‘Not Even Know Your Name . . .’

As I sat at the computer the other day, iTunes kept me company, offering familiarity and comfort, mostly from the late 1960s and early 1970s, and then – from 1970, a year smack in the middle of that period – came “The Road” by Chicago, a track from the group’s second album, the silver one.

And, not for the first time, I pondered the lyrics and wondered how the narrator – not necessarily the song’s composer, Terry Kath or its singer, Peter Cetera, but the imagined narrator – would feel about his words fifty-some years after the fact:

If you’d like to get together
Then come right over to me
Oh, we can do anything
That you’d like to do

If you’d like to give your love
Then please, just feel free
Because I may be gone tomorrow
And not even know your name, yeah

Now please don’t misunderstand my loneliness
Let’s never, ever talk of time
For our friends may fade away
And our hopes will say goodnight
And our friendship would be lost
It would be such a waste of life
So, let’s just, let’s have a good thing, girl
And let’s not worry
Let’s do everything we want
And let’s not cry.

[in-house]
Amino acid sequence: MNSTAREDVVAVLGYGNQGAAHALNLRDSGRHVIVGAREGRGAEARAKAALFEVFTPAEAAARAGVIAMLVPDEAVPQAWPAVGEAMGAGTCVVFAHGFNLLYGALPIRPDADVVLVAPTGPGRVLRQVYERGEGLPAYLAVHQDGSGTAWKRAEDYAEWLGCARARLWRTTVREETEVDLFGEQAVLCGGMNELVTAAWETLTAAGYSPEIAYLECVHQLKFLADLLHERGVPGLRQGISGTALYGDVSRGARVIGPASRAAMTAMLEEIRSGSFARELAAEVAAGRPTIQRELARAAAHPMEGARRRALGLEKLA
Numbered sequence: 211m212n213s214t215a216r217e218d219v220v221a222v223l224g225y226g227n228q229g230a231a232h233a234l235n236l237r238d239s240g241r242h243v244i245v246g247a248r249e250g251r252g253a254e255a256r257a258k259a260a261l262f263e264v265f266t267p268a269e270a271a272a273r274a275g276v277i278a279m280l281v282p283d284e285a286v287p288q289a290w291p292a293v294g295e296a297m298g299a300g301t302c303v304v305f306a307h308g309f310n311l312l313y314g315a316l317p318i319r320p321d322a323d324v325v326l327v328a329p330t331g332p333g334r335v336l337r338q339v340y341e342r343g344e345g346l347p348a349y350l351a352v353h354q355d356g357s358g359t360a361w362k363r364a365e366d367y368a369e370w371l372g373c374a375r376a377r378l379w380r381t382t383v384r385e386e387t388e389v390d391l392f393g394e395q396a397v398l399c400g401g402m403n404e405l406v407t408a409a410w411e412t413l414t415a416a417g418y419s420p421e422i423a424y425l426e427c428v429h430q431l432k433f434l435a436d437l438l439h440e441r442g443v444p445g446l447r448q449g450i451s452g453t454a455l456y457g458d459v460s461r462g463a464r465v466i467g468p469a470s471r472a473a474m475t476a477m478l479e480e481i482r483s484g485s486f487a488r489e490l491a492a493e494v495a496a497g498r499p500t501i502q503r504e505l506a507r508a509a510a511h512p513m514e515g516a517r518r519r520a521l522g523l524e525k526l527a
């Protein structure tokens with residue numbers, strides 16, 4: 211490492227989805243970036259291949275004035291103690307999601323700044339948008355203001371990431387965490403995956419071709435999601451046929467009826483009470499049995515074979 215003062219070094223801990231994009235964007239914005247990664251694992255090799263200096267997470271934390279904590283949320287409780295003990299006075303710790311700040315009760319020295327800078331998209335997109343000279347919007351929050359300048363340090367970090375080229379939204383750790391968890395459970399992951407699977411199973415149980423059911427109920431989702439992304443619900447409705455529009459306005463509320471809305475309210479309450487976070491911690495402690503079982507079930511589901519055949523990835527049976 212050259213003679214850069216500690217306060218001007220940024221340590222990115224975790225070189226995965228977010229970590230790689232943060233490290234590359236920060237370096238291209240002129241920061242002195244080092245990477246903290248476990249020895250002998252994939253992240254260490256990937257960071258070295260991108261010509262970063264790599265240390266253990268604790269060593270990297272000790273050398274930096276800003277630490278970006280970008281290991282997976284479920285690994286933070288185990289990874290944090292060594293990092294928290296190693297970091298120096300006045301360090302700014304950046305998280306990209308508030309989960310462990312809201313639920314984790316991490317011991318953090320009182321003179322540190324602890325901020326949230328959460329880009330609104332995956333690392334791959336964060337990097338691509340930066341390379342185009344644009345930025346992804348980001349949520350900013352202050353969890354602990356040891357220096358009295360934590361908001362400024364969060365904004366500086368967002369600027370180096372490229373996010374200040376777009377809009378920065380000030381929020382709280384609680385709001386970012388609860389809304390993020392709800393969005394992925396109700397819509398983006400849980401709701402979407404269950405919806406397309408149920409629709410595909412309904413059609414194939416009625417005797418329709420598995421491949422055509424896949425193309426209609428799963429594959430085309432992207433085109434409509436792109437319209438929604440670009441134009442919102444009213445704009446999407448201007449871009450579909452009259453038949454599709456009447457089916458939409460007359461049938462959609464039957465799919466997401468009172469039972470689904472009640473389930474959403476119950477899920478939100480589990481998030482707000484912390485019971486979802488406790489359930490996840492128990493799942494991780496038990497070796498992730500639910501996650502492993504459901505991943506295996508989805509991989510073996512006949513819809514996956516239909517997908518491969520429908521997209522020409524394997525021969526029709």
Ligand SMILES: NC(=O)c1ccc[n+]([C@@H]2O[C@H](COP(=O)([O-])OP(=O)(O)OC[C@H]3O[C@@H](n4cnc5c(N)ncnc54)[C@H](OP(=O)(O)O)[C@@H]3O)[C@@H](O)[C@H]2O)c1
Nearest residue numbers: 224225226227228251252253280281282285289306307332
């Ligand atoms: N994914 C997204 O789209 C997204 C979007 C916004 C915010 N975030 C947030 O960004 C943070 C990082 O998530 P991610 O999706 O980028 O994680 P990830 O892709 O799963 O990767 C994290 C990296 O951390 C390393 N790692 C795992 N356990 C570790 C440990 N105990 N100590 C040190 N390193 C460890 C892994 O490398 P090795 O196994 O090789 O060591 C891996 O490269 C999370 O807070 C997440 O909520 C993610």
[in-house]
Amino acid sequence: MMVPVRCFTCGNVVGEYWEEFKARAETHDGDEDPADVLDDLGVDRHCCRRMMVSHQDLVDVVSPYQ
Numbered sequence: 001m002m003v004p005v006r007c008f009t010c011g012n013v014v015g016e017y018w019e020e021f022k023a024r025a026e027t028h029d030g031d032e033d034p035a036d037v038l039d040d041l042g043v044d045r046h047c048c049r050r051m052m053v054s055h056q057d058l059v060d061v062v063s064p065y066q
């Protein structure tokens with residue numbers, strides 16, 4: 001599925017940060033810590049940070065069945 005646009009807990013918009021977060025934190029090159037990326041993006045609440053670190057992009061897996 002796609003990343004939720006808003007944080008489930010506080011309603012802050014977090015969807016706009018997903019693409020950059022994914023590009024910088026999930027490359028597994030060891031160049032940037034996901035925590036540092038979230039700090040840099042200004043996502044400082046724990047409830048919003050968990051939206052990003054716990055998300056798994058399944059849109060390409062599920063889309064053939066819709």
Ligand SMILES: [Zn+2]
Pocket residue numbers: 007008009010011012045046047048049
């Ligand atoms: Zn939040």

When it’s over
When I leave, our thing won’t die

If you really understand
Then come right over to me
Oh, we can play together for a while
And still be free, yeah!

The callowness of the young, right? Well, Kath and the other members of Chicago were young when the track came out. Kath was twenty-four, just to check one. And the sentiments of the song were very much of its time, especially for a young man on the road with a band. (The song is kind of the flip side of “Superstar,” the Leon Russell/Bonnie Bramlett tune.)

And I remember sorting the lyrics out when I got the Chicago album at the age of sixteen and kind of thinking (perhaps ahead of my time and my peers): “That might be a cool way to live, with a lot of girls around, maybe, but you know, when you do get to wherever home is, there’s probably no one there, and maybe that wouldn’t be such a good idea, not that I’ll ever have the chance to know . . .”

And with that train of thought sometime in 1970 went the rather ludicrous idea of my ever being a rock ’n’ roll god, and from then on, I just bobbed my head to the music and – in the last few decades – have wondered how long it took in the rock ’n’ roll world for those sentiments to fade away or if they even have.

Ah, well. It’s just an old song, an artifact of its time, and it pops up once in a while – six times this year – and usually I let it roll by as I read news or putter on Facebook.

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